The Case of the Missing DriveShaft

Emily was driving our old truck home when she hit and dragged a tree branch, which finally came free just before she pulled into our driveway.

I was driving home a few minutes behind her and saw the branch in the middle of the road.  Brown, branch-like, and oddly straight, I couldn’t help but wonder if it was actually a piece of someone’s exhaust.  As I got closer to it and prepared to drive around it, I realized it was a driveshaft.  I recognized it as such because I had to replace the rear drive shaft on another car we had only a few years ago.  The driveshaft connects the back wheels to the drivetrain (transfer case/transmission/engine) and provides power to move the vehicle.  If you’ve ever glanced under one of those big box trucks, you can usually see a rotating pipe connected to the rear wheels — a rather simple metal piece that makes it so the vehicle gets power from the engine.  As I got even closer to it… yep.  A drive shaft.  I pulled over to move it out of the street and realized that it was the right length and had the right amount of rust on it to be… naw.  Could it?  I drove the rest of the way home, saw our truck in the driveway, parked, and immediately checked to see that yes indeed… our truck was missing its rear drive shaft.

Indeed. The driveshaft fell off the truck while Emily was heading home.  And, 5 minutes later, I came along and picked it up.

The truck kept driving because it’s one of those fancy SUV’s that, upon sensing that the back wheels have no traction, will automatically switch on the four wheel drive.  The process was so smooth that she hardly noticed it, besides the kind of thumping sound that a tree branch — or, say, a driveshaft — would make.  Of all the problems with this truck, this aging masterpiece of suburban utility, I didn’t know that a loose drive shaft was one of them.

Knowing how old the truck is, we’ve decided not to put any more money into it.  This means that I’ve been carefully driving it ’round town with only the front wheels getting power.  It’s like driving a HUGE sedan.  No, it’s not meant for this.  And no, it’s not really that safe.  That’s okay: we’re in the process of finding a replacement.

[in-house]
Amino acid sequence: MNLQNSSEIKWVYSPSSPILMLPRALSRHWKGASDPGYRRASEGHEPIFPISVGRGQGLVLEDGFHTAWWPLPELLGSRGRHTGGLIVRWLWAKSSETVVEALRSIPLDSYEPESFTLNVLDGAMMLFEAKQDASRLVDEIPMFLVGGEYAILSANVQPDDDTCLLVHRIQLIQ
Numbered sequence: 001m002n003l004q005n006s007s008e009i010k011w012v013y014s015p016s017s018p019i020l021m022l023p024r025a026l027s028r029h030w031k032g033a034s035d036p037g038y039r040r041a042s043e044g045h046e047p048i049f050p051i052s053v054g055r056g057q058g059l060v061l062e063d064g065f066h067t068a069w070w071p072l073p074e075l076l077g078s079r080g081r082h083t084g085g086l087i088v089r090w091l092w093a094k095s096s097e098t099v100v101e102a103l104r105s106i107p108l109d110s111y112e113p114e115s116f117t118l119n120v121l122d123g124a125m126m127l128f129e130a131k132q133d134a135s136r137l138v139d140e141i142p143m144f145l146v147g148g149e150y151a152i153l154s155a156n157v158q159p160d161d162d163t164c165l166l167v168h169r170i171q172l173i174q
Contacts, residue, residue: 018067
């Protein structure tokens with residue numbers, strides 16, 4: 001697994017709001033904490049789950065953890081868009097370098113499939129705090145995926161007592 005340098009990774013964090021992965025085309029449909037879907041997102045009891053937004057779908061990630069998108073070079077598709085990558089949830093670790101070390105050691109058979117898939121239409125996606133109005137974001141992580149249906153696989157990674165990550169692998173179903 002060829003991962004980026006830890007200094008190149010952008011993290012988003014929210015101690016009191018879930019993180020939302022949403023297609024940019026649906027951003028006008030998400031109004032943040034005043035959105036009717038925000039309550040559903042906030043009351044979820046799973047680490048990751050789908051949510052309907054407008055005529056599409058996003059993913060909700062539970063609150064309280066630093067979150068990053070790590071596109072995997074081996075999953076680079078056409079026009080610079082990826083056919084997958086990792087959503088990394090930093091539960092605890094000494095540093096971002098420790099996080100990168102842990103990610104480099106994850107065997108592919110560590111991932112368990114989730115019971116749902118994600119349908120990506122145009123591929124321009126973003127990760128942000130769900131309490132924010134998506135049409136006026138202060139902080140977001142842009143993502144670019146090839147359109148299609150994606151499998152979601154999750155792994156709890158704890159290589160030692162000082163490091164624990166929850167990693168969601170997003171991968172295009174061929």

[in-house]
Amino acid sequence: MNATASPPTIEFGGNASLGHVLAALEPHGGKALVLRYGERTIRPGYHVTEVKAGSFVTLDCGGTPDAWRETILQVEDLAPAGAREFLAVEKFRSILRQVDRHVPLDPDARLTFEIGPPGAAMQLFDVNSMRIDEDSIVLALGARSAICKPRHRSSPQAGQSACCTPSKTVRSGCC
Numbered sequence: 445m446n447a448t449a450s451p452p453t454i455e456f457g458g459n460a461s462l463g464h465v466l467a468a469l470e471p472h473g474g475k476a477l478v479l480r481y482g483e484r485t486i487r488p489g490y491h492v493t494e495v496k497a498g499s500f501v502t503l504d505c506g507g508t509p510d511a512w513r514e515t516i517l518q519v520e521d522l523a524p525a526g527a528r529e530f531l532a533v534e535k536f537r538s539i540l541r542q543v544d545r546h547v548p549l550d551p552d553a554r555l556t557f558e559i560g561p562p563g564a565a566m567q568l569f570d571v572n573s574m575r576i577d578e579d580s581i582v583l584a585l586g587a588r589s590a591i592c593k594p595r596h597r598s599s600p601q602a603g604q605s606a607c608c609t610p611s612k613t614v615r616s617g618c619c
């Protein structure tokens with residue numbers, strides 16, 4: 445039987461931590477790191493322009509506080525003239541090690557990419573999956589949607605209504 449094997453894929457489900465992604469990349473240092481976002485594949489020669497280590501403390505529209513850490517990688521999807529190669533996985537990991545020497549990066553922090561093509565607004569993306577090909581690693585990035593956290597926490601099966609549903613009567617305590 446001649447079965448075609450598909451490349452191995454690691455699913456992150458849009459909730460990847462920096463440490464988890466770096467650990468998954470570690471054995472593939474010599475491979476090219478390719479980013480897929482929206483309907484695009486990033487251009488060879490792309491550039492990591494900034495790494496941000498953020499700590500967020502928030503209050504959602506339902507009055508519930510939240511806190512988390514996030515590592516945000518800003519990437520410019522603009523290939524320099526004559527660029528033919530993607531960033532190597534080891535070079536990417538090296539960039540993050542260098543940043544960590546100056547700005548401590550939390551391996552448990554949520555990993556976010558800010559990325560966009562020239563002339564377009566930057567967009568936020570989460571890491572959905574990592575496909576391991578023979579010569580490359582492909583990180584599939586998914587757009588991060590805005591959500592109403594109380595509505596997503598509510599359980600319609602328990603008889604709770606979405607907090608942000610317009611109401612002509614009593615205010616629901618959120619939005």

I share this anecdote to post a public thank you to:

  • Emily, for not freaking out
  • Other drivers, for not running over the driveshaft we left in the middle of the road
  • God, for keeping everyone safe, especially my wife.

Friends, it could’ve turned out much, much worse.  But it didn’t, and I’m thankful.

Sometimes people get mad at God for the stuff He allows.  It’s okay to express our true thoughts and feelings to the Lord.  The question I ask again is this: who do we thank when things that could’ve gone terribly wrong don’t?

PS: Truck for sale.  As is.

About radamdavidson

I'm a husband, dad, and pastor living in Portage, Michigan. I suppose I'm a euphoric melancholy generalist with average skills, experiences, and passions across several intertwined disciplines and hobbies including music, speaking, writing, leadership, ministry, and collecting cultural artifacts from the 1980's -- mostly vintage boomboxes. You can read my blog at www.radamdavidson.com, subscribe to my podcast (RadCast) or friend me on facebook.com/radamdavidson. about.me/radamdavidson
This entry was posted in Family, keep you awake at night, Short Story. Bookmark the permalink.

One Response to The Case of the Missing DriveShaft

  1. Anonymous says:

    Amazing story, but all ended well, well that is, except for the death of the truck, but no harm to anyone …. thank God!!!
    Vern Hettinger

Leave a Reply

Fill in your details below or click an icon to log in:

WordPress.com Logo

You are commenting using your WordPress.com account. Log Out / Change )

Twitter picture

You are commenting using your Twitter account. Log Out / Change )

Facebook photo

You are commenting using your Facebook account. Log Out / Change )

Google+ photo

You are commenting using your Google+ account. Log Out / Change )

Connecting to %s